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Webinar outcomes: ‘Learning cities’ COVID-19 recovery: From research to practice’ series - ‘The challenge of Education for Sustainable Development’

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© UNESCO
7 December 2020

On 21 October 2020, the UNESCO Institute for Lifelong Learning (UIL), together with the PASCAL International Observatory (European Centre at the University of Glasgow), hosted the fourth in a series of webinars on ‘Learning Cities’ COVID-19 recovery: From research to practice’, the focus of which was on challenges to Education for Sustainable Development (ESD).

Opening remarks and welcome

Opening remarks were given by UIL Programme Specialist Mr Konstantinos Pagratis, who introduced the moderator of the session, Mr Roberto Guevara, Associate Professor at the International Development School of Global, Urban and Social Studies, RMIT University, and Director of PASCAL Observatory for Australasia. Mr Guevara began by asserting that, although many schools closed their doors at the height of the COVID-19 crisis, learning did not stop. Drawing upon Delors’ ‘four pillars of education’,[1] he called for recognition of a fifth pillar: learning to live sustainably. One of the positive effects of the pandemic is that it forced us to embrace virtual, intergenerational and community-based learning, he said, and this webinar would draw upon such learning and its connection to Education for Sustainable Development (ESD), with particular emphasis on links between research and practice.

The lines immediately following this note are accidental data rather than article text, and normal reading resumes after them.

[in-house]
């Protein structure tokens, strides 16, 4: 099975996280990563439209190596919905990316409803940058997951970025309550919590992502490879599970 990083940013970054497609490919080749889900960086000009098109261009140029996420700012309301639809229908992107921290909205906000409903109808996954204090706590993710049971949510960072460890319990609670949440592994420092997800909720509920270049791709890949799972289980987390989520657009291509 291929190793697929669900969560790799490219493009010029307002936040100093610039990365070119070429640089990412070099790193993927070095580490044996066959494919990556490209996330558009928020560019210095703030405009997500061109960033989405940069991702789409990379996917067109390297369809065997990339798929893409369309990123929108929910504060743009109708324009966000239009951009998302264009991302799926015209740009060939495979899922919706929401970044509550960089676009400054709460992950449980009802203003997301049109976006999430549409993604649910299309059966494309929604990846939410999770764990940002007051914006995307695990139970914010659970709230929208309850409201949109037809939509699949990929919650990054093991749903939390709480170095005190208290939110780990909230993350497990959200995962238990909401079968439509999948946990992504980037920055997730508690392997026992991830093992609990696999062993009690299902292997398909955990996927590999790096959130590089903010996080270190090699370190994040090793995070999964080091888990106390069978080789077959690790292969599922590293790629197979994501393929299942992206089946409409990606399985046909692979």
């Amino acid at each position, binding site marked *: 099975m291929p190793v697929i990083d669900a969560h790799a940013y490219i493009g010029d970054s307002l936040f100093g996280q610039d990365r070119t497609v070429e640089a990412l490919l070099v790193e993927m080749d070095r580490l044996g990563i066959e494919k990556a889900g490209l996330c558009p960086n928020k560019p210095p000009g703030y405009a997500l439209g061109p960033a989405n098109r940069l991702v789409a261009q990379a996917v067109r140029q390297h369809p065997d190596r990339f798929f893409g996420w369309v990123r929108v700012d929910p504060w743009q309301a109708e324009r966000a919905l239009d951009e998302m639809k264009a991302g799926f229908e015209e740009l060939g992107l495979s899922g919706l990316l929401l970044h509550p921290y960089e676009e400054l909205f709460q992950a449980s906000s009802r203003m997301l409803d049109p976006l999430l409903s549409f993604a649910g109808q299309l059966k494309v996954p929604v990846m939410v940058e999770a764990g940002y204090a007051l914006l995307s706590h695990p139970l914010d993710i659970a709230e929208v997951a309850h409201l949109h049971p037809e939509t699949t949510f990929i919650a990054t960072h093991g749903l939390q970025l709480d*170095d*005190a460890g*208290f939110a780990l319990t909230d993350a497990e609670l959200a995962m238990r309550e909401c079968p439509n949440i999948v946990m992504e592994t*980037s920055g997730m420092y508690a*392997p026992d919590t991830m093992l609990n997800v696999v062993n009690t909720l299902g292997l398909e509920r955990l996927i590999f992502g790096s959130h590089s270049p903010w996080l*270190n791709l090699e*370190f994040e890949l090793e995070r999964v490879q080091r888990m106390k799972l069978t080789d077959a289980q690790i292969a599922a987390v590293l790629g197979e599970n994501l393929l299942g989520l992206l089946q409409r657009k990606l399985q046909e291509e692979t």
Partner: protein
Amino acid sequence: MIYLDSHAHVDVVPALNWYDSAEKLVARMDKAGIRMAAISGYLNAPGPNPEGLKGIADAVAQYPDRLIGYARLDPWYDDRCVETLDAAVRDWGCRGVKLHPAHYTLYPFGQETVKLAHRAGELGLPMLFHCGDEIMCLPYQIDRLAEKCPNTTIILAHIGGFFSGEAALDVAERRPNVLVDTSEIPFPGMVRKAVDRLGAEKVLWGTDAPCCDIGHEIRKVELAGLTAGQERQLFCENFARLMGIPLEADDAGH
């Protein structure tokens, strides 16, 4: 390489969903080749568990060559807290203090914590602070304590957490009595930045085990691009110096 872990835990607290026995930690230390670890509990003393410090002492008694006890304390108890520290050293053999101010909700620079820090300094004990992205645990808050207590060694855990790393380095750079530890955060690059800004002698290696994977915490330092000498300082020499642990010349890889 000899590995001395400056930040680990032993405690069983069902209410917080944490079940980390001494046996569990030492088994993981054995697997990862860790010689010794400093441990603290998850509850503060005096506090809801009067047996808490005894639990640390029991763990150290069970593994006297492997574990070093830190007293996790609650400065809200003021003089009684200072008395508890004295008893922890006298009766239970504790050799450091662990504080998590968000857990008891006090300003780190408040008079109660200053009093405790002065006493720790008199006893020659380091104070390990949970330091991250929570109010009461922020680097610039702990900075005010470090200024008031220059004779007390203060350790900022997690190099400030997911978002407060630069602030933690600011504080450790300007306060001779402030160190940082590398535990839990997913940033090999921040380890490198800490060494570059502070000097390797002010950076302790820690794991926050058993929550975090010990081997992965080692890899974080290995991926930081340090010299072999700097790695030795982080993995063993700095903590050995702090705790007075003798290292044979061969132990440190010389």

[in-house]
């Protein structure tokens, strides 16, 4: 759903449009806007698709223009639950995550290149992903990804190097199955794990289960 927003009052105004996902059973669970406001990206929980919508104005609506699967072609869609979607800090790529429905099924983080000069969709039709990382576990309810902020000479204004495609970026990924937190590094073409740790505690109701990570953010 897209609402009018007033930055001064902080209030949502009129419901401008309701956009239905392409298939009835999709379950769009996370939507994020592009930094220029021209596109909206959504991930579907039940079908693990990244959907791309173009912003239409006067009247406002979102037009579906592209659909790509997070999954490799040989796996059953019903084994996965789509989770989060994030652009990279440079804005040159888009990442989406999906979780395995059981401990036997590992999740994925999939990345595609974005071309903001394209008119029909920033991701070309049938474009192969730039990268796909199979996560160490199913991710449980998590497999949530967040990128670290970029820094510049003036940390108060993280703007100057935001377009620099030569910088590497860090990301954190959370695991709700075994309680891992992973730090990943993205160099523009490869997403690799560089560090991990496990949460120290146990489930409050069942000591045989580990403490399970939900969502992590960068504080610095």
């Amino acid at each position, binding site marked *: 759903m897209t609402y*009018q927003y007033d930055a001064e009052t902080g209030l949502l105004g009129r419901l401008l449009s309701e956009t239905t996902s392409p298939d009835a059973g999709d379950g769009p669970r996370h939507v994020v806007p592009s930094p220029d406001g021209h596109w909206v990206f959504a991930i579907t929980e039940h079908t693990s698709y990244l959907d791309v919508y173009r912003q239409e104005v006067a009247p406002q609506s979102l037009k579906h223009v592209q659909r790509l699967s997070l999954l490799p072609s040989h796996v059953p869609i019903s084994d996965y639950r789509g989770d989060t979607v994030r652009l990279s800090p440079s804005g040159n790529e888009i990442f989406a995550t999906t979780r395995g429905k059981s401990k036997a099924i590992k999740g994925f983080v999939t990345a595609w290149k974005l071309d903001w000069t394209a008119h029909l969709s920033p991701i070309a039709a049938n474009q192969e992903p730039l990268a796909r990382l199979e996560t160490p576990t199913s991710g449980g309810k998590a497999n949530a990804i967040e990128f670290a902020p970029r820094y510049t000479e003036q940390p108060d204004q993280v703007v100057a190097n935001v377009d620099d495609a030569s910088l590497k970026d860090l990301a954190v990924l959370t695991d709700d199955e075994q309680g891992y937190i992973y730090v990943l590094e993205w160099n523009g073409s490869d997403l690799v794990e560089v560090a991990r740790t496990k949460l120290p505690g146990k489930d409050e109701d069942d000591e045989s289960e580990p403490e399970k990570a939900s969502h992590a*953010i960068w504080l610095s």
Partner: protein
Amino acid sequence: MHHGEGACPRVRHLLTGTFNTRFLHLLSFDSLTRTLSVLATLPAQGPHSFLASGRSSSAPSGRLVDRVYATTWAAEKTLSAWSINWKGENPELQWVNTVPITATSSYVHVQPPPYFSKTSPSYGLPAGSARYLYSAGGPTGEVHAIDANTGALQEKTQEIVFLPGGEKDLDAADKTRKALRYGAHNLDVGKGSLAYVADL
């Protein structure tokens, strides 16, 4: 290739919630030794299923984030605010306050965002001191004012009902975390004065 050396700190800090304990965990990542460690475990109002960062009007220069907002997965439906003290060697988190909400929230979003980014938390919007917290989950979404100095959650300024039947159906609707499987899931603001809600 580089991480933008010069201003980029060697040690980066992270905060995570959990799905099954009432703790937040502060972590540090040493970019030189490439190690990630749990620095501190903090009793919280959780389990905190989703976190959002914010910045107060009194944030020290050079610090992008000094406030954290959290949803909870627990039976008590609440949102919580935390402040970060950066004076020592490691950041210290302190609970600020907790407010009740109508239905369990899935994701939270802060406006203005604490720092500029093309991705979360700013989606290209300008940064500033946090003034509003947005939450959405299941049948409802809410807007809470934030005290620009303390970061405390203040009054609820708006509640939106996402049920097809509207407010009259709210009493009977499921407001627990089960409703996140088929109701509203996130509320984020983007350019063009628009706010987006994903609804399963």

The next speaker, Mr Raúl Valdés-Cotera, Team Leader of UIL’s Policy Support and Capacity Development in Lifelong Learning unit, reminded participants of the purpose of this webinar series; that is, to provide an opportunity to hear from education experts and learn from examples of best practice. He reminded the audience of the 2030 Agenda for Sustainable Development and its 17 Sustainable Development Goals (SDGs), which present integrated solutions to global challenges. The 2030 Agenda calls on the education community to integrate ESD into all levels and forms of education, he said. He also shared results from the 2019 International Conference on Learning Cities (ICLC 4), in Medellín, Colombia, which resulted in the setting up of thematic clusters for learning cities, of which ESD is one, and which some 100 UNESCO Global Network of Learning Cities (GNLC) members have joined. The ESD cluster shares information, research and practice, provides mutual support, and has established key actions to promote ESD at the local level. Mr Valdés-Cotera encouraged cities, including those not currently in the ESD cluster, to create their own action plans.

Education for Sustainable Development Division, UNESCO

Next, Mr Alexander Leicht, UNESCO’s Chief of Section of the Education for Sustainable Development Division for Peace and Sustainable Development, opened his presentation by explaining the need for ESD to counteract climate change and biodiversity loss. ESD, he explained, provides a particular type of learning to build specific knowledge, skills, values and attitudes. It is calls for a curriculum that focuses on cognitive, social, emotional and behavioural skills. ESD, he said, is more than just something that should happen at an individual level: it calls for political action.